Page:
Midnight in Paris

This week I attended the latest Woody Allen film, Midnight in Paris. The main character, Gil (Owen Wilson), is a screenwriter in Hollywood whose ambition is to give up his career as a “Hollywood hack” so that he can live in a small apartment in Paris and write novels. His fiance, Inez (Rachel McAdams), is the daughter of a successful businessman whose plan for life is to live in a house in Malibu. The happy couple join Inez’ parents on a business (and sightseeing) trip to Paris, and while Gil falls in love with the city (all the while pining to see it in 1920), Inez becomes ever more convinced that Paris is not for them.

Each night Gil walks through the city and at midnight he is confronted with his artistic idols–literally. Gil’s wanders remind the audience, perhaps as well as any historical movie, that these larger than life figures were people too. Midnight in Paris broaches the topic of nostalgia for a past that never was, while pointing out that life ought to be lived in the present. Whimsical and clever, characters are paraded in front of Gil, whose action the audience follows. I repeatedly laughed aloud and emerged both with the message about living life in the present or pining for a bygone era, and an overwhelming desire to visit Paris–perhaps without a cell phone or iPod so that I may walk in the rain.

I highly recommend this movie and it will likely be the next DVD purchase I make.

Midnight musings: social media

When Google+ first released I resisted joining, adamant that I was more likely to quit social media altogether than to join yet another new craze. I was a freshman in college when Facebook first took off (along with the ill-fated i2hub), so of course I joined. Joining Facebook was almost a rite of passage that helped define the college crowd and enabled communication, interaction, planning, and, of course, procrastination. For similar reasons I had a blogger account, which quickly gave way to a Livejournal. I also joined Twitter, which removes much of the excess baggage from the other social media accounts and provides a platform for shorter statements. The stereotype that Twitter (much like the Facebook status update) is for announcing publicly that one has taken a shower or eaten dinner has some truth to it so I will not deny that, but I find that it is actually a good medium for some discussions that would not otherwise take place, commentary on shows, movies, games, and books, among other uses. By and large it is far less private or personal than even email or Facebook messaging, but it is meant as an immediate form of communication. So, since I have all these platforms, some of which are not actually actively used (even to the extent that I blog), why do I need Google+? Or, perhaps more to the point, why did I change my mind?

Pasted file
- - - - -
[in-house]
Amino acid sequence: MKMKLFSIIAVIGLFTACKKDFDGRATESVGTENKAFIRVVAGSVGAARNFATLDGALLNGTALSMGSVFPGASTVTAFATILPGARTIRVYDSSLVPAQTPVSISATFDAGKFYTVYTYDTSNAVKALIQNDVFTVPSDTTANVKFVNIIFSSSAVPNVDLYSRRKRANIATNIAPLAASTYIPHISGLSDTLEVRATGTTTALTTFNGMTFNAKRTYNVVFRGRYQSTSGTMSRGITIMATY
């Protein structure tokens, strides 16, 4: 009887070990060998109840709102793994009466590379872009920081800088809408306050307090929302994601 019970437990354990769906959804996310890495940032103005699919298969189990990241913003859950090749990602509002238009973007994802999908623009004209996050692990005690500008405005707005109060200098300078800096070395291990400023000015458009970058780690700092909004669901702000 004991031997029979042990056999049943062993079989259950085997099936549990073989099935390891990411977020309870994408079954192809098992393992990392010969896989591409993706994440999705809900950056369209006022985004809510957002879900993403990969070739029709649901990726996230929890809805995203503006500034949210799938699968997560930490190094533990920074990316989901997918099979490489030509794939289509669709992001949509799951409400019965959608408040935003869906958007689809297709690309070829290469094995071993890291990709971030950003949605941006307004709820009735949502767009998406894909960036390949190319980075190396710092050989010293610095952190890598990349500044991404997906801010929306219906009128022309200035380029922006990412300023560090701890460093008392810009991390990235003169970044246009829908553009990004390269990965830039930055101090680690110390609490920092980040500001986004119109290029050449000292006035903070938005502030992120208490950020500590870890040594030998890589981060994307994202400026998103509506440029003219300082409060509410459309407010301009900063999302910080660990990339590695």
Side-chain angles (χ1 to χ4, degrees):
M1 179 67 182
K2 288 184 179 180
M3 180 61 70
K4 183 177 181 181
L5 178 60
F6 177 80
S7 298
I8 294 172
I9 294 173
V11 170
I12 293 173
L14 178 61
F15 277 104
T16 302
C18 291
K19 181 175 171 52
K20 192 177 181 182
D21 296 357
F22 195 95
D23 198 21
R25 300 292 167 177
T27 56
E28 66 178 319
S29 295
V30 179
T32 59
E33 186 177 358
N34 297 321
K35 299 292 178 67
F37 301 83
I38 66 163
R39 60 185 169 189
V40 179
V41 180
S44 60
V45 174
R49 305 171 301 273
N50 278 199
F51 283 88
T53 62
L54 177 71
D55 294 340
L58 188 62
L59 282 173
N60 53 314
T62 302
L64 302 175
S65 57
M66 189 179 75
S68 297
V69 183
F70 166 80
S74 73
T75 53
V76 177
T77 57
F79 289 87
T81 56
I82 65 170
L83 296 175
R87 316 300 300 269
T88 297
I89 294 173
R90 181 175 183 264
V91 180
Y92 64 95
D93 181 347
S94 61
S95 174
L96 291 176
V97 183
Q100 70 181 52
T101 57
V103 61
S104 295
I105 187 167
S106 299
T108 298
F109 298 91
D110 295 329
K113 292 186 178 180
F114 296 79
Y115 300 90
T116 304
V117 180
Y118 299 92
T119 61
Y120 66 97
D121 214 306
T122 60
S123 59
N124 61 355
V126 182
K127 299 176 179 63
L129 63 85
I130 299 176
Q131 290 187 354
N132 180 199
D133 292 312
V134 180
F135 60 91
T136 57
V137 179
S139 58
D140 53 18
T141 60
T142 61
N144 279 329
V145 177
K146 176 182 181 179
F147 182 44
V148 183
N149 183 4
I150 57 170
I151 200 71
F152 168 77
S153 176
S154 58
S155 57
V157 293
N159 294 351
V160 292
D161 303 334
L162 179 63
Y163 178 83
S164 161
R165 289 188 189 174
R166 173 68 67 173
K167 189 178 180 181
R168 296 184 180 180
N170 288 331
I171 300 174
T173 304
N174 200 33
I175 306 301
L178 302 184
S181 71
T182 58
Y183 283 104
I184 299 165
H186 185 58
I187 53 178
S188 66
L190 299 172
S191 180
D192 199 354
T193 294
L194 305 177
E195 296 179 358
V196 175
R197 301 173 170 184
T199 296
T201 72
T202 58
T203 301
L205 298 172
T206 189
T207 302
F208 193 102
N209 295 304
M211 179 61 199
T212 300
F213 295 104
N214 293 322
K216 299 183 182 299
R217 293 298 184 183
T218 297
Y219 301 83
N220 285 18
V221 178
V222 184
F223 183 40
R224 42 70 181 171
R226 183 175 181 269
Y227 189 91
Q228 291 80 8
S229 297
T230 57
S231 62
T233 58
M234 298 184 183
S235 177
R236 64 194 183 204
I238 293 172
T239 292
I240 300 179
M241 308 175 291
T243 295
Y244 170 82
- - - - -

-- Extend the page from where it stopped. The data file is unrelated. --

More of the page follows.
The short answer is that I do not and did not. I have two blogging platforms, six or seven emails, Facebook, Twitter, and probably a Myspace account out there somewhere, and now Google+, all with varying levels of (in)activity. I added Google+ for several reasons, not least of which because it still has limited membership and so, when the opportunity came, I took it. I was genuinely curious as to how it was set up, and did feel some drive to sign up for the new toy when it arrived. Moreover, I like the setup, and would like to have a social media platform finally live up to the promise of the bringing me closer together with people, if for no other reason than that it gets lonely in the middle of the country.

It seems logical that when I left my job managing a Quizno’s for a university some of the technological opportunities and impulses would grow rather than shrink. The reverse has been true, which I am reminded of each and every time I return to the east coast. While I was in New York I overheard a business meeting wherein a programmer made a pitch for a phone app that would help bring together fans of particular teams, which struck me as just one example of the way in which the application of technology is consistently commonplace in metropolitan areas (New York and Boston are the two with which I am familiar), while any application at all only trickles slowly to more rural parts of the country. I have also noticed a growing disconnect with these sites. In particular, I have made it a practice not to comment on birthdays or anniversaries on Facebook. This is a policy I may wish to reconsider, but it is borne of the thought that if a) I cannot otherwise remember a birthday or b) I would not otherwise wish that person a happy birthday, then my wishes are not really of any value. Of course, I do allow Facebook to remind me of birthdays, and then I will sometimes put in the extra effort to make a more direct birthday wish. Perhaps this is all semantic, but I find that social media (at least on my pages) is more often a silent acknowledgement of posts than active participation. Then, if there is no actual interaction, what is the point of social media?

Right now, in no small part because of various apps on my iPod that allow me to post directly, I mostly use Facebook to post links to articles that I find interesting. I will likely do something similar, but to a more limited extent, with Google+. The bulk of my intended audience remains on Facebook right now, but if that changes then the bulk of my post would also change. Otherwise the bulk of my thought, writing and activity remains in pen and paper. I hope to replace some of that pre-digital activity with a set of social and communal sites, but until I find a way to do this efficiently and with wider participation I suspect that it will remain nothing more than another of my idealistic, unrealistic ambitions.